Cost/Price: $0.25 - $5.10, depending on brand 1
|Used to Treat Addiction? No
Function or Use: treat narcolepsy and attention-deficit hyperactivity disorder (ADHD) 2
Type of Drug: central nervous system (CNS) stimulant
Duration of Action: several hours
|Form, Intake, and Dose||Interactions and Complications|
|Drug Forms: tablet, solution, capsule (extended release) 1
Administration Routes: oral 1
Dose: capsules (extended release): 5, 10, 15 mg; tablets: 5 mg; oral solution: 5mg/5mL 1
|Alcohol Interaction: can increase the risk of alcohol poisoning or alcohol-related injuries. 5
Prescription Medications: Dextroamphetamine can interact with a number of prescription and nonprescription medications, vitamins, and herbal products. 2 Tell your physician about any other medications you are taking.
Contraindications: advanced arteriosclerosis, moderate to severe hypertension, hyperthyroidism, symptomatic cardiovascular disease, glaucoma, hypersensitivity to sympathomimetic amines such as ephedrine 4
|Side Effects and Adverse Reactions||Substance Abuse|
|Short-Term: appetite suppression, weight loss, insomnia, nervousness, tremors, dizziness, palpitations, tachycardia, headaches 2
Long-Term: hypertension, heart attack, sudden death, slowed growth, tolerance, dependence, addiction 2,4
|Risk of Substance Abuse: High
Signs of Abuse: strong cravings, anorexia or rapid weight loss, loss of interest in social life, friends, and family
|Physiological Problem Signs and Symptoms||Dependence and Addiction Issues|
|Withdrawal Syndrome Onset: few hours to several days after the last use 3
Withdrawal Symptoms: fatigue, vivid dreams, insomnia or hypersomnia, increased appetite, psychomotor agitation, depression, suicidal ideation 3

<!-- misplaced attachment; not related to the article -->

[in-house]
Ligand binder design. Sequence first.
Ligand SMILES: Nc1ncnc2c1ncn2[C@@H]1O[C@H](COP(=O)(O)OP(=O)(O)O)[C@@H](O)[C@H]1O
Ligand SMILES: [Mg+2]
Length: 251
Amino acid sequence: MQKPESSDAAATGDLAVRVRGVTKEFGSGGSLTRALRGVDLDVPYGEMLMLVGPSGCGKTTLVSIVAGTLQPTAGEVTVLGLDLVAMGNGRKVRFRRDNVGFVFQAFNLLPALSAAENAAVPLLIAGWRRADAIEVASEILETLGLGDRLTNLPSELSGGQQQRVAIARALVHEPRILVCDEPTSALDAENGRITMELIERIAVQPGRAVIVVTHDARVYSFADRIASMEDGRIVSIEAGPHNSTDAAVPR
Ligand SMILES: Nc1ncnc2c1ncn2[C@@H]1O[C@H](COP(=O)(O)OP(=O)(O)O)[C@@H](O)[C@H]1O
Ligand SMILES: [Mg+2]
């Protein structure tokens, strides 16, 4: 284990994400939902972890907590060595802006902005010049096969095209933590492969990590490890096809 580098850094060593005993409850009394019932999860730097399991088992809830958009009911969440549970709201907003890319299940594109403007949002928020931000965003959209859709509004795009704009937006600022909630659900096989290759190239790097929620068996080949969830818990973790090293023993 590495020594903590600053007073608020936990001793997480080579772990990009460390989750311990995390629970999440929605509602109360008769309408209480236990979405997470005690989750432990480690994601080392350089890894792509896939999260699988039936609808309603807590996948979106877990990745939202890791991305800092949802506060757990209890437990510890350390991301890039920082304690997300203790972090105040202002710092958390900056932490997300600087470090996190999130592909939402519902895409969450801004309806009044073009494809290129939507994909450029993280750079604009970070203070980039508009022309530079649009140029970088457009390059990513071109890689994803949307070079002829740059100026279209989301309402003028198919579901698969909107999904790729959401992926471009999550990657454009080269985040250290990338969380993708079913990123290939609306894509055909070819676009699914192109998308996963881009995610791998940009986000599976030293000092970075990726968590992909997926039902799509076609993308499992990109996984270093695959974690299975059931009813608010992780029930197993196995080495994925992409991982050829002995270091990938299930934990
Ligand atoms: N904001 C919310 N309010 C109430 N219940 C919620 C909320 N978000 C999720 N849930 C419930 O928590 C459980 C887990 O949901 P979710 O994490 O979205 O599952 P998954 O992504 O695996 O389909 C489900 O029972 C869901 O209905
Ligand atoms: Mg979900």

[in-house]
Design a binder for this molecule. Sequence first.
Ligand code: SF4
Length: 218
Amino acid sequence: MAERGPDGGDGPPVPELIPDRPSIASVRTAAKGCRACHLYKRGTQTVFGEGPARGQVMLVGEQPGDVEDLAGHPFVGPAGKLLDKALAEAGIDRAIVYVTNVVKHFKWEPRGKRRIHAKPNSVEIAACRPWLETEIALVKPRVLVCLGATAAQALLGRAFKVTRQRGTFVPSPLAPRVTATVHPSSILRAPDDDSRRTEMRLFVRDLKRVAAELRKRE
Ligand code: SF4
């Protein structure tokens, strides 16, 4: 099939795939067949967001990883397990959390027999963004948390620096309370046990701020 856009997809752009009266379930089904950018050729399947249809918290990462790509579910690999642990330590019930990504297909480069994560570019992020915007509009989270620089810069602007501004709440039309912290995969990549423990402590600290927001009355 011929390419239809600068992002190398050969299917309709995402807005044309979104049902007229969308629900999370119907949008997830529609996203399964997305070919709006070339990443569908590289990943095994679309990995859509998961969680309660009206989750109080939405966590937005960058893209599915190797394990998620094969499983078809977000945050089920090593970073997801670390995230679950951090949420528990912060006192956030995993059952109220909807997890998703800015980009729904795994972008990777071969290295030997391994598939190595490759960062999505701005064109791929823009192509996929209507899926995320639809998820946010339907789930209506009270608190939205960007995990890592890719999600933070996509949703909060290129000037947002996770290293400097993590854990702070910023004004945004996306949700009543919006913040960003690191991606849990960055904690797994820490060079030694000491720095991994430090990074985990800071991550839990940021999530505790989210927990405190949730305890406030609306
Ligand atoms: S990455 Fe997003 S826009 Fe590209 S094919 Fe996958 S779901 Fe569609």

Tolerance: Yes 3
|Physical Dependence: High 3
Psychological Dependence: High 3,4
|Legal Schedules and Ratings|
|Controlled Substances Act Rating: Schedule II 4|
Questions and Answers (FAQ)
How Long Does Dextroamphetamine Withdrawal Last?
Withdrawal symptoms can last from 3 days to 2 weeks, though some people may continue to have symptoms for 1-2 months. 4,5
The timeline for withdrawal symptoms is dependent on several factors. The length of detox can vary based on the amount of the drug in a user’s system and how long someone has been using.
Do You Have a List of Popular Slang or Street Names for Dextroamphetamine?
Speed, uppers, bennies, dexies, go pills, pep pills
What Are Common Misspellings?
Dextroamfetamine withdrawl, Dextromphetamine withdrawls, Dextroamphitamine withdrawel, Dextramphetamine withdrawels, dextrometaphine, dekstrometaphine
Are There Any Home Remedies for Getting Clean Safely?
Home remedies or natural alternatives are not recommended due to the possibility of relapse and the development of severe depression and suicidal thoughts.
A medical provider in a detox program can help ease the discomfort of withdrawal and help relieve cravings for the drug.
How Long Does It Take to Detox From Dextroamphetamine?
The detox from dextroamphetamine usually takes 3 to 5 days. But some people may continue to have symptoms, such as fatigue and cravings, for up to 2 months. 4
Seek treatment programs in your area that can help you safely quit dextroamphetamine and return to a sober life.
. Food and Drug Administration. (2006). Dexedrine.
. Medline Plus. (2016). Dextroamphetamine.
. American Psychiatric Association. (2013). Diagnostic and statistical manual of mental disorders: DSM-5. Washington, D.C: American Psychiatric Association.
. SAMHSA. (2010). Protracted Withdrawal.
. National Institute on Drug Abuse. (2016). Duration of Treatment.
. SAMHSA. (2015). Detoxification and Substance Abuse Treatment.
Dextroamphetamine Information at a Glance Sources
. DrugBank. (n.d.). Dextroamphetamine.
. U.S. Library of Medicine. (2016). Dextroamphetamine.
. American Psychiatric Association. (2013). Diagnostic and Statistical Manual of Mental Disorders (DSM-5). Washington, D.C.: American Psychiatric Publishing.
. U.S. Food and Drug Administration. (n.d.). Dextrostat.
. Substance Abuse and Mental Health Services Administration (SAMHSA). Prescription Drug Misuse Among College Students.